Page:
World Heritage Site Nomination
In 2009 Department of Fine Arts, Ministry of Culture announced a plan to promote Phra Pathommachedi to be UNESCO World Heritage Site because of the stupa's long history and its significance on Buddhism expansion in Southeast Asia and Dvaravati culture. Initially the government plan had been welcomed by media and general public and supported by local municipal office as well as the temple. However the plan caused concerns to local people around Phra Pathommachedi which located in the city center and near city central fresh market. Fearing that if Phra Pathommachedi becomes World Heritage Site, the market may have to relocate and the whole community may affect from management plan of UNESCO, locals started to protest the plan. In 2011, Department of Fine Arts organized the public hearings in Phra Pathommachedi Temple on World Heritage Site nomination, by vote only 3 persons from 200 supported the nomination.
Phra Pathommachedi Stupa and surrounding temple are located on the flat floodplain of Chao Phraya - Tha Chin rivers watershed. The land of temple has been filled up and the sewerage system has been created, but the temple complex still floods occasionally after heavy rain especially the grass fields around the stupa. In 1996 the temple grass fields have been cemented to prevent flood.
The design of Phra Pathommachedi complex, when viewed from above, takes the form of a giant Buddhist mandala, simultaneously representing the Buddhist cosmology with Phra Pathommachedi in the center.
Phra Pathommachedi is the tallest stupa in Thailand, standing at 120.45 meters and with circumference of 235.50 meters. The current form of Pathommachedi is bell shape Sri Lanka styled brick stupa covered by golden brown colour tiles. The structure foundation of the stupa is timbers strapped by gigantic metal chain. There is a gilded niche which installed Buddha image at the eastern direction. The stupa surrounds by inner boundary wall. then 562 meters round cloister. The cloister has inner and outer open galleries. Inner open gallery has ancient Khmer language inscriptions. Outer open gallery has collection of Buddha images. At four Cardinal directions of the cloister have a vihara. In front of each vihara has grand staircase leading to lower terrace. The stupa, viharas and round cloister complex surrounds by outer boundary wall. Between the cloister and outer boundary wall has 24 belfries.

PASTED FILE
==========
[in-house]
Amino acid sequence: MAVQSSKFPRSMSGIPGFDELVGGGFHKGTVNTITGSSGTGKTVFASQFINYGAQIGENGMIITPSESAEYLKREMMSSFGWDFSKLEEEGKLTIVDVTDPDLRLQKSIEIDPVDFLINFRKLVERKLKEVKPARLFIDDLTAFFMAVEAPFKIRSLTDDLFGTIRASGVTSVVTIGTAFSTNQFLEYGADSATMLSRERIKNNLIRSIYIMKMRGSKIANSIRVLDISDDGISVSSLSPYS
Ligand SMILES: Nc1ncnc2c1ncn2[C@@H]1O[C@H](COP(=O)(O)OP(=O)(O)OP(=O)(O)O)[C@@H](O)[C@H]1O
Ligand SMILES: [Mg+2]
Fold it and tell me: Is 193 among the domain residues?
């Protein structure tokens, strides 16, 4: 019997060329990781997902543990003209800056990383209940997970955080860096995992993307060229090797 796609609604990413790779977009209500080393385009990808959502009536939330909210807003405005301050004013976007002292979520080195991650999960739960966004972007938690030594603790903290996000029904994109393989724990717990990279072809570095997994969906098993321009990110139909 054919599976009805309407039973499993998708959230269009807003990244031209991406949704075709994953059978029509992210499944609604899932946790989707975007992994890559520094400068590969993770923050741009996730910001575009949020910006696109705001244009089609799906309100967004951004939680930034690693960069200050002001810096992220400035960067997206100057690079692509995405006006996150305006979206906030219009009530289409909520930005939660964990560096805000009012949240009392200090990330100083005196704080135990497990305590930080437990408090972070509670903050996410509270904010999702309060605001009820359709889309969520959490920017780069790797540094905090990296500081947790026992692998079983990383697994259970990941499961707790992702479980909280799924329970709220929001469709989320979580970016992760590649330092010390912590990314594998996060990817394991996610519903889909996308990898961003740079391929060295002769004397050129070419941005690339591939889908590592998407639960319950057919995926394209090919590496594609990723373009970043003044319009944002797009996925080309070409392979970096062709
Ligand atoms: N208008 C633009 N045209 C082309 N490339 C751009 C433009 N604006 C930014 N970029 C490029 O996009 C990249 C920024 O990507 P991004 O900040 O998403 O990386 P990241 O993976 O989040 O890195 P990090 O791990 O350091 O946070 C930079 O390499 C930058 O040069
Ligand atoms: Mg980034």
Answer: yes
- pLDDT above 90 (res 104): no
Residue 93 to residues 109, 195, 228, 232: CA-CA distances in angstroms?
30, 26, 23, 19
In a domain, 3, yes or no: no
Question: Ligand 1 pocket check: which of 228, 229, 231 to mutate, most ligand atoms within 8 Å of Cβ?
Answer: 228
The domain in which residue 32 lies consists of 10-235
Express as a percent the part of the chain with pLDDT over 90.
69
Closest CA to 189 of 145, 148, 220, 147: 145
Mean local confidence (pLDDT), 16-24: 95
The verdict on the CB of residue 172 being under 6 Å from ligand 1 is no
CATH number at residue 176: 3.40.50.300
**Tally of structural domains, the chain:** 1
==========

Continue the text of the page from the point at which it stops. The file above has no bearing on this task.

Originally called Viharn Prasuth (วิหารประสูติ), built by Mongkut in 1861. In 1900 after the construction of railway from Bangkok to Nakhon Pathom and Nakhon Pathom railway station in the north of Phra Pathommachedi, the Northern Vihara has become the main entrance to Phra Pathommachedi. Saovabha Phongsri built two levels grand staircase in front of the vihara as an entrance to the stupa complex in 1906. In 1913, Vajiravudh appointed Narisara Nuwattiwong, a notable Thai architect and a prince, to redesign the vihara to install the 7.2 metres (24 ft) Phra Ruang Rojanarit Sri Indraditya Dhammobhas Mahavajiravudhraj Pujaneeya Bophitr (พระร่วงโรจนฤทธิ์ ศรีอินทราทิตย์ธรรโมภาส มหาวชิราวุธราชปูชนียบพิตร). The beautiful new T-shaped vihara with apse liked portico in the front was completed in 1915 and has been called Viharn Phra Ruang (วิหารพระร่วง) after since. The wall behind the Buddha image is where the royal ashes of Vajiravudh and his family have been kept. Inside the vihara is a baby Buddha statue as a principal image side by two female statues.